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VOL. 45 | NO. 45 | Friday, November 5, 2021

Gov. Lee plans to sign bill to limit COVID rules

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NASHVILLE (AP) — Tennessee Gov. Bill Lee said Wednesday he plans to sign a wide-reaching bill strictly limiting what governments and companies can require to address the COVID-19 pandemic, despite opposition from prominent business interests.

The Republican told reporters "there are some issues we need to work through" with the legislation, but his signature will enact the changes as lawmakers passed them, putting them in effect immediately.

Major restrictions would largely bar governments and businesses from requiring proof of COVID-19 vaccinations, and only let public agencies — including schools — require masks due to COVID-19 in rare, dire public health scenarios.

Lee, who is up for reelection next year, had not weighed in on the bill directly until Wednesday, using it to criticize President Joe Biden's requirement for workers at larger employers to get a COVID-19 vaccine by Jan. 4 or face rigorous COVID-19 testing, which a federal appeals court has paused for now amid legal challenges. The state law will conflict with that requirement, sparking headaches for businesses that can face lawsuits under the law if someone feels slighted by a company's vaccination requirement.

"We want to make sure that the particulars of this legislation are the appropriate ones, but on balance, I agree with what's in the package, which is why I plan to sign it," Lee said.

Republican lawmakers passed the bill after calling themselves into a three-day COVID-19 session last month because Lee declined to do so.

Lawmakers met behind closed doors for hours after manufacturers including Ford Motor Co. — for whom lawmakers had just approved an economic development package for a massive new Tennessee electric vehicle and battery production project — opposed the limitations on business mask mandates.

In the dark of the night, Republicans relented and carved private businesses out of stringent mask restrictions.

Leaders of two influential business groups said they let the governor know their concerns but were not lobbying for a veto. Tennessee lawmakers can easily override vetoes, and Lee has not vetoed anything in office. Instead, they are hoping to make their case for changes during the annual legislative session that begins in January.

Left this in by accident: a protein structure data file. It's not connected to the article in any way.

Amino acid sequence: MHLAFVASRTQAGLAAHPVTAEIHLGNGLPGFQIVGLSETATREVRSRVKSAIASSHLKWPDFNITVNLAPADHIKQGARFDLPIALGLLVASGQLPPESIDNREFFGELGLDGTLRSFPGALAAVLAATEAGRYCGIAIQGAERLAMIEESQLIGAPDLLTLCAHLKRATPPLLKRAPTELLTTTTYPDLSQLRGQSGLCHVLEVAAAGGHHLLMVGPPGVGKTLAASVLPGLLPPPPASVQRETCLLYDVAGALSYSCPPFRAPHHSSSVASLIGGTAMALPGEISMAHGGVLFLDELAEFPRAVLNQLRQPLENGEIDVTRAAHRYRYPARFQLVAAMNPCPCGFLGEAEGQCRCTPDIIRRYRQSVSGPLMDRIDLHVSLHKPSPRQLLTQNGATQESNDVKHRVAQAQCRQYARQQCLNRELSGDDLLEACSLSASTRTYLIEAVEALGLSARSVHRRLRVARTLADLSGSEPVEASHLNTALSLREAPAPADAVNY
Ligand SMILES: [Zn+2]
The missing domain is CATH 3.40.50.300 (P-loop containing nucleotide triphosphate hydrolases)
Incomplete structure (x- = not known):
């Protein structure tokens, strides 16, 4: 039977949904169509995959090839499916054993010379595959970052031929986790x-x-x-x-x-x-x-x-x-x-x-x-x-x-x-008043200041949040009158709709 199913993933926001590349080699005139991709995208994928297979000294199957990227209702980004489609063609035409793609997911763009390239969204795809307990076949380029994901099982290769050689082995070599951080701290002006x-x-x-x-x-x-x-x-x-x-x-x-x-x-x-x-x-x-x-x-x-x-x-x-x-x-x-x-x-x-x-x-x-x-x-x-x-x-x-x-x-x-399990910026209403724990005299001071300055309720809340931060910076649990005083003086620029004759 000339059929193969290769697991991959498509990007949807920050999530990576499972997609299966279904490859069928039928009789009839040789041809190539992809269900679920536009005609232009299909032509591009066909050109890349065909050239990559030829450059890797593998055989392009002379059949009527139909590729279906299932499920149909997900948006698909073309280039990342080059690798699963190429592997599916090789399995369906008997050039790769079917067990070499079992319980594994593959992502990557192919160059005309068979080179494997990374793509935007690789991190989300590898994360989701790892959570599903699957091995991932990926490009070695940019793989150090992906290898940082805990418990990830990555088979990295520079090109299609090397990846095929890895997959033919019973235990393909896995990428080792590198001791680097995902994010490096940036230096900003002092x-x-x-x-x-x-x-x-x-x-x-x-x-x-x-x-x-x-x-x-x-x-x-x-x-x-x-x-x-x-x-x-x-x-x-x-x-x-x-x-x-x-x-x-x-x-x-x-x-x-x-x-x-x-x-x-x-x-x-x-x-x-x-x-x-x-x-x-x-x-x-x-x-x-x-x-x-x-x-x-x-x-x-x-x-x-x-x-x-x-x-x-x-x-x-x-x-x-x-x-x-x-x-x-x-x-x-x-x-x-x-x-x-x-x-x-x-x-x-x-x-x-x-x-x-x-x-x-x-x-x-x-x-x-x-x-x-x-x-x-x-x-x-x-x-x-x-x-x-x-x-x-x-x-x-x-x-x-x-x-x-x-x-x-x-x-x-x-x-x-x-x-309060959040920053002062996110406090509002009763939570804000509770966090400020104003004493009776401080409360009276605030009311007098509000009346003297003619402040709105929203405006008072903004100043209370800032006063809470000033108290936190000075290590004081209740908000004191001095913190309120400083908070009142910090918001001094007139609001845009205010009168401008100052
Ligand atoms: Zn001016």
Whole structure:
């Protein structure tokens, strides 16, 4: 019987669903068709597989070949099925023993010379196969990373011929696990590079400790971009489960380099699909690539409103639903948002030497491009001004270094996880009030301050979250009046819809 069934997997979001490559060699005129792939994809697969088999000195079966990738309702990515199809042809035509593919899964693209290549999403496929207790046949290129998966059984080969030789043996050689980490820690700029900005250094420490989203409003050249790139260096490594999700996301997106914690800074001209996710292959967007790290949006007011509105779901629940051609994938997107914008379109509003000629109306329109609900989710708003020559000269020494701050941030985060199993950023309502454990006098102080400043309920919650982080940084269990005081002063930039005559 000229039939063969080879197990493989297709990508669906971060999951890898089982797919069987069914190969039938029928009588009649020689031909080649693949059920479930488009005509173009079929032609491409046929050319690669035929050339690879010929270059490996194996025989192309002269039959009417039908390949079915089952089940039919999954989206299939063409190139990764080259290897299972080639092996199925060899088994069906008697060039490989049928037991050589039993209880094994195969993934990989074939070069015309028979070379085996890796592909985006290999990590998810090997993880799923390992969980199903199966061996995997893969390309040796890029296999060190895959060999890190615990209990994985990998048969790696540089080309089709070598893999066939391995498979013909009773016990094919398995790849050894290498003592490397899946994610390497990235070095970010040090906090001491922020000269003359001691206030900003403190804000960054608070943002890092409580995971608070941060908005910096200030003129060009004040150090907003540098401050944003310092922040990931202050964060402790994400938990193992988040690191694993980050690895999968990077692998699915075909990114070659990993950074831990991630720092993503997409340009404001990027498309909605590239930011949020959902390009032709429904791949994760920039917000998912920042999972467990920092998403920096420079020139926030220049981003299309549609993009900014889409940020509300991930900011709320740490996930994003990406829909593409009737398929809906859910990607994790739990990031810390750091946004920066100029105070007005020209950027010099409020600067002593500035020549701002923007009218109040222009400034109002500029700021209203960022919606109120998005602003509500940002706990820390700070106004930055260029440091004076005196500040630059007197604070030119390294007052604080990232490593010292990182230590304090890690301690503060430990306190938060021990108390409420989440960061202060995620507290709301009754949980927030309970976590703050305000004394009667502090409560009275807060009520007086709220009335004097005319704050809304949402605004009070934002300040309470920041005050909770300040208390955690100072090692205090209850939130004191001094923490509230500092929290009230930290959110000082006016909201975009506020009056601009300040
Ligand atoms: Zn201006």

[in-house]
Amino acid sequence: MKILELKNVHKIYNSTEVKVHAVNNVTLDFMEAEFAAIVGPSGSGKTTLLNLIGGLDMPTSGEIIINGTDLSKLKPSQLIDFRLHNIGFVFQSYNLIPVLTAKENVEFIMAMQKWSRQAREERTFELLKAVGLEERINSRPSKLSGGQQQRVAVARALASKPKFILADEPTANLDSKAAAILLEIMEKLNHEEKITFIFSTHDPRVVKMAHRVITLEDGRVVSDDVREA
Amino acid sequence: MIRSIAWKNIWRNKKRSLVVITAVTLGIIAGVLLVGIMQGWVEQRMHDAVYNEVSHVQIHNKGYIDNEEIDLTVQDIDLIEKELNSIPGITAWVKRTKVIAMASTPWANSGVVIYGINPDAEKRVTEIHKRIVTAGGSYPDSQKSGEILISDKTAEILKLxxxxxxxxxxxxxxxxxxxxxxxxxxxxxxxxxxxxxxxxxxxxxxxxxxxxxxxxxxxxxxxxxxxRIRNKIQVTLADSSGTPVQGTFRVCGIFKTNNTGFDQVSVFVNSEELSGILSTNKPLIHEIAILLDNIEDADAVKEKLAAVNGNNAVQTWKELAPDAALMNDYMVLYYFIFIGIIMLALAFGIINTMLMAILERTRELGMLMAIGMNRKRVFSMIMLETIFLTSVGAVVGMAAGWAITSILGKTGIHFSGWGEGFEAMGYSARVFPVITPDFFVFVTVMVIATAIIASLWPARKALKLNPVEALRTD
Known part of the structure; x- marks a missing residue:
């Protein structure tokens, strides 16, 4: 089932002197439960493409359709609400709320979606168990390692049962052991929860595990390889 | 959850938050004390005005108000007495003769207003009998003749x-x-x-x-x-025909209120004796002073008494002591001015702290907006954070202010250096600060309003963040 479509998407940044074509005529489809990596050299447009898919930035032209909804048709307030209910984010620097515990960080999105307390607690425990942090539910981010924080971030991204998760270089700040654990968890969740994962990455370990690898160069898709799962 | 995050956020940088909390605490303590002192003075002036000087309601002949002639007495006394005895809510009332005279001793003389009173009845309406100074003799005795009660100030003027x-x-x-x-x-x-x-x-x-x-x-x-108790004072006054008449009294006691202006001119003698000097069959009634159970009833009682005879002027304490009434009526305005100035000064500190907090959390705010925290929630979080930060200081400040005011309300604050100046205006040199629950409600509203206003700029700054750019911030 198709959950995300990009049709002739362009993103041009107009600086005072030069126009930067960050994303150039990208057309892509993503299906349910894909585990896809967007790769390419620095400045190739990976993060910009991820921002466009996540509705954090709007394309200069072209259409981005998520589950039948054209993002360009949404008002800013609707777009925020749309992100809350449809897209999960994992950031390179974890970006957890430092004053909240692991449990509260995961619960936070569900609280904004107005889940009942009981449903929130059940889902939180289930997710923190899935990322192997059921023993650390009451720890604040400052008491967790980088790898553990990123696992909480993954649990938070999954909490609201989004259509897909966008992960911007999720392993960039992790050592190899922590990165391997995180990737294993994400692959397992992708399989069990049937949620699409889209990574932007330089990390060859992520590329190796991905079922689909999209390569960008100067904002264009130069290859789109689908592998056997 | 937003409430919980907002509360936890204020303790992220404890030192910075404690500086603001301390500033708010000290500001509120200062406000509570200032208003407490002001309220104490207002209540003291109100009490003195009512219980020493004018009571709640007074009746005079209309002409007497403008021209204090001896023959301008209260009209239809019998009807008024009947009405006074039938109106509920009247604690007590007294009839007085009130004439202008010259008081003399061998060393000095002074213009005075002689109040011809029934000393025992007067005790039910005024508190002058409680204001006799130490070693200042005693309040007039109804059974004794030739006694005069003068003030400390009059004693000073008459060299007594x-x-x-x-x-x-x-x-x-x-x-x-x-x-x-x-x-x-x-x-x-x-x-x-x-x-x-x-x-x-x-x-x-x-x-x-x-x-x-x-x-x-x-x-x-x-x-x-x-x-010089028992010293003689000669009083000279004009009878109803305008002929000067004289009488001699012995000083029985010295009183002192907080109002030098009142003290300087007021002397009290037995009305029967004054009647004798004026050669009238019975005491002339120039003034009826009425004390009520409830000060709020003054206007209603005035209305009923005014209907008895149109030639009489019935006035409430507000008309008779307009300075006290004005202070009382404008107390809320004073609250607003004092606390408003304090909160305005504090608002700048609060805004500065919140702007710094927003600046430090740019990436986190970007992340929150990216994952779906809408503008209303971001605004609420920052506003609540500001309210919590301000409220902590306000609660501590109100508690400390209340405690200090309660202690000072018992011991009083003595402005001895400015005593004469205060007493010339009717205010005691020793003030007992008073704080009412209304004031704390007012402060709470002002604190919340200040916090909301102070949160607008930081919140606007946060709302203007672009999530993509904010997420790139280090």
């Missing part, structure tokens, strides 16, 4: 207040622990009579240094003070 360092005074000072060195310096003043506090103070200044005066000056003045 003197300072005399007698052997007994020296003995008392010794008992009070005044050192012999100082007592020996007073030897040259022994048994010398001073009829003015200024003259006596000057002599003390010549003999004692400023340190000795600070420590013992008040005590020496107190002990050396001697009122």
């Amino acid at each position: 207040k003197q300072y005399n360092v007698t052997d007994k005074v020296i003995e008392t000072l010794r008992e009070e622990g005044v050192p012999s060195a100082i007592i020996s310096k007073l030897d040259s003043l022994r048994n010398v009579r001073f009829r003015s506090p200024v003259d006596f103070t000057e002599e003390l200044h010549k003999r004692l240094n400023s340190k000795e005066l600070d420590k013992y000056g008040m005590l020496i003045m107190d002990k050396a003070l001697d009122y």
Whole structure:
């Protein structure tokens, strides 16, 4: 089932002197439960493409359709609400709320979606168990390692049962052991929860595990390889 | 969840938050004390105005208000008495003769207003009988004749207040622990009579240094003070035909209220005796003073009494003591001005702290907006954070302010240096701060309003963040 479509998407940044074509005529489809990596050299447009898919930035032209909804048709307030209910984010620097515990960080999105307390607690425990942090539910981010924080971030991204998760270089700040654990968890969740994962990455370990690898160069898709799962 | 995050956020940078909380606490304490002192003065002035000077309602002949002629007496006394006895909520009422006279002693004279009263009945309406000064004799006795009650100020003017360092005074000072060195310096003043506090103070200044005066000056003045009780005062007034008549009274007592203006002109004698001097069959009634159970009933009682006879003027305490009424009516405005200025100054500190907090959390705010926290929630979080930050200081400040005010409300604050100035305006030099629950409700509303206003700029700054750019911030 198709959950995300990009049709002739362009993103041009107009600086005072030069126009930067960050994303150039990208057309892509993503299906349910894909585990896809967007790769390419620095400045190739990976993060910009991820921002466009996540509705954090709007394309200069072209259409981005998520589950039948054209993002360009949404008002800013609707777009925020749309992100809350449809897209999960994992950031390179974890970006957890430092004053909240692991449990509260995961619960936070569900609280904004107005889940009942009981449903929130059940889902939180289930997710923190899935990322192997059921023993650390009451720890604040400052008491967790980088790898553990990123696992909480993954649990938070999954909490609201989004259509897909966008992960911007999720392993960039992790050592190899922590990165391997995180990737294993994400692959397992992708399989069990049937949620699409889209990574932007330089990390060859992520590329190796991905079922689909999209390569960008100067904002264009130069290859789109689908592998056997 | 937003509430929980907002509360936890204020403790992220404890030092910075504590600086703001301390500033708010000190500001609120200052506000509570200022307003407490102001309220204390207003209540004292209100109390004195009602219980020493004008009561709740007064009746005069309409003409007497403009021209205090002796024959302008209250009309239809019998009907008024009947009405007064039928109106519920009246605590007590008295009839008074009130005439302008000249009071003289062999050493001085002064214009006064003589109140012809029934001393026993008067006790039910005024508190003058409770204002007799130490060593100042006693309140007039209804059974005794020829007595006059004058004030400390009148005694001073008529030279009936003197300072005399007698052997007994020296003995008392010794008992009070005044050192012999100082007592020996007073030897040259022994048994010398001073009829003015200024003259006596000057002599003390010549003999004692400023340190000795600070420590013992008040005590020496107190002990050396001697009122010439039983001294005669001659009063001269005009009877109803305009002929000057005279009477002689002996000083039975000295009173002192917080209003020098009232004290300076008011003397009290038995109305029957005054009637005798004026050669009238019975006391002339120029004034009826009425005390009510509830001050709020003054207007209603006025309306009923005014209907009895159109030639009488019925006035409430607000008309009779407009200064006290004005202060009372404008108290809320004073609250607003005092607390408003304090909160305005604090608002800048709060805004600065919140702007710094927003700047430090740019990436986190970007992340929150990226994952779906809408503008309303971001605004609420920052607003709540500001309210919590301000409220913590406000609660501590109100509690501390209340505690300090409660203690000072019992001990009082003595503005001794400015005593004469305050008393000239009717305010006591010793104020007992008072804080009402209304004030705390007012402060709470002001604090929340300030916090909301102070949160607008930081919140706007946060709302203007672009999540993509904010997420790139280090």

Lee specifically mentioned a need to change a provision about visitors to COVID-19 patients in hospitals. Hospitals would be required during the COVID-19 pandemic to allow at least one family member to stay with a patient who does not have and is not showing symptoms of COVID-19 or another virus or communicable disease. Lee said his understanding is that the intent was to limit that visitation change to only end-of-life COVID-19 situations.

He also mentioned his priority for keeping the state in charge of workplace safety regulation, since federal counterparts can take over a state's program if the state is not being at least as stringent as what the federal government requires.

The governor defended plans to sign a bill opposed by industry interests, saying Tennessee is "one of the most business friendly states in America." He said businesses are obligated to share their concerns with lawmakers and he promised to "work with them to make sure that we have the right outcomes."

Leaders of the Tennessee Chamber of Commerce and Industry and the state's National Federation of Independent Business chapter are specifically troubled that the bill is enforced by allowing businesses and other entities to be sued. There's also concern about what constitutes an employer's adverse action that triggers cause to sue. For instance, the bill allows entertainment venues to accept proof of vaccination instead of a negative COVID-19 test result. But it's unclear whether companies can require regular testing of employees without risking a lawsuit.

Republican legislative leaders have defended what passed. A spokesperson for House Speaker Cameron Sexton, for one, has said the leader "disagrees with the direction NFIB and Tennessee Chamber is requesting."

Jim Brown, director of NFIB's state chapter, described the special session dust-up between businesses and lawmakers over the bill as "water under the bridge."

"We're grateful to Gov. Lee and lawmakers who are telling us they're open to hear the concerns about the legislation and how those can be addressed in January," Brown said.

The bill also could set off a wave of government entities and businesses who contact the state comptroller seeking exemptions to vaccine or mask mandate bans. The bill requires them to show they would lose federal funding by complying with the state law. Other groups, including health care facilities, are already exempted out.

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Follow AP's coverage of the pandemic at https://apnews.com/hub/coronavirus-pandemic.

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